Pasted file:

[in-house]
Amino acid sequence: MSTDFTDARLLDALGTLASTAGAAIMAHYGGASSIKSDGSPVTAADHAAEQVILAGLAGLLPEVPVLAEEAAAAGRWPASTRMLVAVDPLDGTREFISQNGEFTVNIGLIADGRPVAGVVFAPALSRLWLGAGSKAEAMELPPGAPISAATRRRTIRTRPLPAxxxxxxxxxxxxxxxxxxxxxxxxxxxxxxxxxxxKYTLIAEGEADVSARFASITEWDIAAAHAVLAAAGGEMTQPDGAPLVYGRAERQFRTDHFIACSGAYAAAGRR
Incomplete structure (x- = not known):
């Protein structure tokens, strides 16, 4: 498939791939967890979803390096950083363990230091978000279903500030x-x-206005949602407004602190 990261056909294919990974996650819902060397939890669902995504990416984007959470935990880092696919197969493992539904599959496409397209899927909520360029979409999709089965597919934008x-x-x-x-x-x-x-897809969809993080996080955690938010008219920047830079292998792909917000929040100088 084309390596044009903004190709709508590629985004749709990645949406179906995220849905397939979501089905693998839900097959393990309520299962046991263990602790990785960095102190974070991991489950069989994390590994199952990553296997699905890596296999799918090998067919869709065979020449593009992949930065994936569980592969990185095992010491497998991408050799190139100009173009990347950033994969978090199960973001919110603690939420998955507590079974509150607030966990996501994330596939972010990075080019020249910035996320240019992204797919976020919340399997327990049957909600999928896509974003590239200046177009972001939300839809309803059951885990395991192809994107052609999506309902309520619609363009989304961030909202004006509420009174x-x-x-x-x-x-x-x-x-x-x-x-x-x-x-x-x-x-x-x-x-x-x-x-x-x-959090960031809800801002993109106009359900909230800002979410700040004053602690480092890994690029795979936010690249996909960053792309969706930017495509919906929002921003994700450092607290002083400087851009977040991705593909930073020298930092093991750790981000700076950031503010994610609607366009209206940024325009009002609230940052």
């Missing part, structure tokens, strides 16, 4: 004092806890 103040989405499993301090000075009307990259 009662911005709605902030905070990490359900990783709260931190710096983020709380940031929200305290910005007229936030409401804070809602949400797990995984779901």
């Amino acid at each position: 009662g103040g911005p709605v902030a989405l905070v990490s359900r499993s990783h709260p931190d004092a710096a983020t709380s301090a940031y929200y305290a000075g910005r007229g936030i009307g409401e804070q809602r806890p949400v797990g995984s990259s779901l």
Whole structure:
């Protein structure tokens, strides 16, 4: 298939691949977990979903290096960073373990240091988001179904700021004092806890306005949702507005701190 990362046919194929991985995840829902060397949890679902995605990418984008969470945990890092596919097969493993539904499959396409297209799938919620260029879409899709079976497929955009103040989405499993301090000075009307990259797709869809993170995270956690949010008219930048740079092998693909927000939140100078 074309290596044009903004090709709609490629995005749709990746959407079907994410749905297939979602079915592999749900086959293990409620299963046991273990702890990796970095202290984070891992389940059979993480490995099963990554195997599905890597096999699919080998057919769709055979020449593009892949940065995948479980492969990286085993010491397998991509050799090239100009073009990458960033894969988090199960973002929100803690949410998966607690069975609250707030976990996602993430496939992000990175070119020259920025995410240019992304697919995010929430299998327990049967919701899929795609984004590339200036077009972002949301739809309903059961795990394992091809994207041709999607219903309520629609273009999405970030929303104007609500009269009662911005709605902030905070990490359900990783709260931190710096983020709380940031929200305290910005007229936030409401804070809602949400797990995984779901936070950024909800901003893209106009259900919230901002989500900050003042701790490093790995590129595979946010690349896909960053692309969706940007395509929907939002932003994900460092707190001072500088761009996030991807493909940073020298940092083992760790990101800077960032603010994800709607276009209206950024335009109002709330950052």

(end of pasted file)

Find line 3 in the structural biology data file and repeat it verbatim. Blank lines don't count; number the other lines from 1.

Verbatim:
Incomplete structure (x- = not known):